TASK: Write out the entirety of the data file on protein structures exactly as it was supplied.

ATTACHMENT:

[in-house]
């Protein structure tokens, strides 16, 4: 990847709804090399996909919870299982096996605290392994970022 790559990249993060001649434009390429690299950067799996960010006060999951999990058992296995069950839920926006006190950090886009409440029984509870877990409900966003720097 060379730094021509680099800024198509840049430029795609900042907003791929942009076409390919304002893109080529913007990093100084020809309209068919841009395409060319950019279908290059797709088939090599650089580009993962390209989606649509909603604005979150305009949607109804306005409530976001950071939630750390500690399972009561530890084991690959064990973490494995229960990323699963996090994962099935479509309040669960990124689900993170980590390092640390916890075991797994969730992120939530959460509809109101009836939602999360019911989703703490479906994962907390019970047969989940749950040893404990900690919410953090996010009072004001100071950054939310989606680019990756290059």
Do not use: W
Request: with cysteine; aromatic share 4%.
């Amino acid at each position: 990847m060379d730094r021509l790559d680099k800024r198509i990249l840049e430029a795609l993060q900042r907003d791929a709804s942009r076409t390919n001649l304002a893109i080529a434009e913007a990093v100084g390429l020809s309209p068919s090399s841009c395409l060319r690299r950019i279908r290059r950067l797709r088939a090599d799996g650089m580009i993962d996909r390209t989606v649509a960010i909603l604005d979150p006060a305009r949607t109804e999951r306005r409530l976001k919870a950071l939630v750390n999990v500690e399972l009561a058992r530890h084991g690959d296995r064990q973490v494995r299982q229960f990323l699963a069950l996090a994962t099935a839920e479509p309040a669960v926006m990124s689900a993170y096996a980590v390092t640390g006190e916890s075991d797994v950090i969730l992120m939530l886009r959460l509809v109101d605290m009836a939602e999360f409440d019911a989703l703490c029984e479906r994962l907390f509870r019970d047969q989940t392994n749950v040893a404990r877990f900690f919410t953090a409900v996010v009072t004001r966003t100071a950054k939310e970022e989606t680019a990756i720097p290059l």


[in-house]
């Protein structure tokens, strides 16, 4: 990847709804090399996909919870299982096996605290392994970022 790559990249993060001649434009390429690299950067799996960010006060999951999990058992296995069950839920926006006190950090886009409440029984509870877990409900966003720097 060379730094021509680099800024198509840049430029795609900042907003791929942009076409390919304002893109080529913007990093100084020809309209068919841009395409060319950019279908290059797709088939090599650089580009993962390209989606649509909603604005979150305009949607109804306005409530976001950071939630750390500690399972009561530890084991690959064990973490494995229960990323699963996090994962099935479509309040669960990124689900993170980590390092640390916890075991797994969730992120939530959460509809109101009836939602999360019911989703703490479906994962907390019970047969989940749950040893404990900690919410953090996010009072004001100071950054939310989606680019990756290059």
Do not use: W
Request: with cysteine; aromatic share 4%.
């Amino acid at each position: 990847m060379d730094r021509l790559d680099k800024r198509i990249l840049e430029a795609l993060q900042r907003d791929a709804s942009r076409t390919n001649l304002a893109i080529a434009e913007a990093v100084g390429l020809s309209p068919s090399s841009c395409l060319r690299r950019i279908r290059r950067l797709r088939a090599d799996g650089m580009i993962d996909r390209t989606v649509a960010i909603l604005d979150p006060a305009r949607t109804e999951r306005r409530l976001k919870a950071l939630v750390n999990v500690e399972l009561a058992r530890h084991g690959d296995r064990q973490v494995r299982q229960f990323l699963a069950l996090a994962t099935a839920e479509p309040a669960v926006m990124s689900a993170y096996a980590v390092t640390g006190e916890s075991d797994v950090i969730l992120m939530l886009r959460l509809v109101d605290m009836a939602e999360f409440d019911a989703l703490c029984e479906r994962l907390f509870r019970d047969q989940t392994n749950v040893a404990r877990f900690f919410t953090a409900v996010v009072t004001r966003t100071a950054k939310e970022e989606t680019a990756i720097p290059l």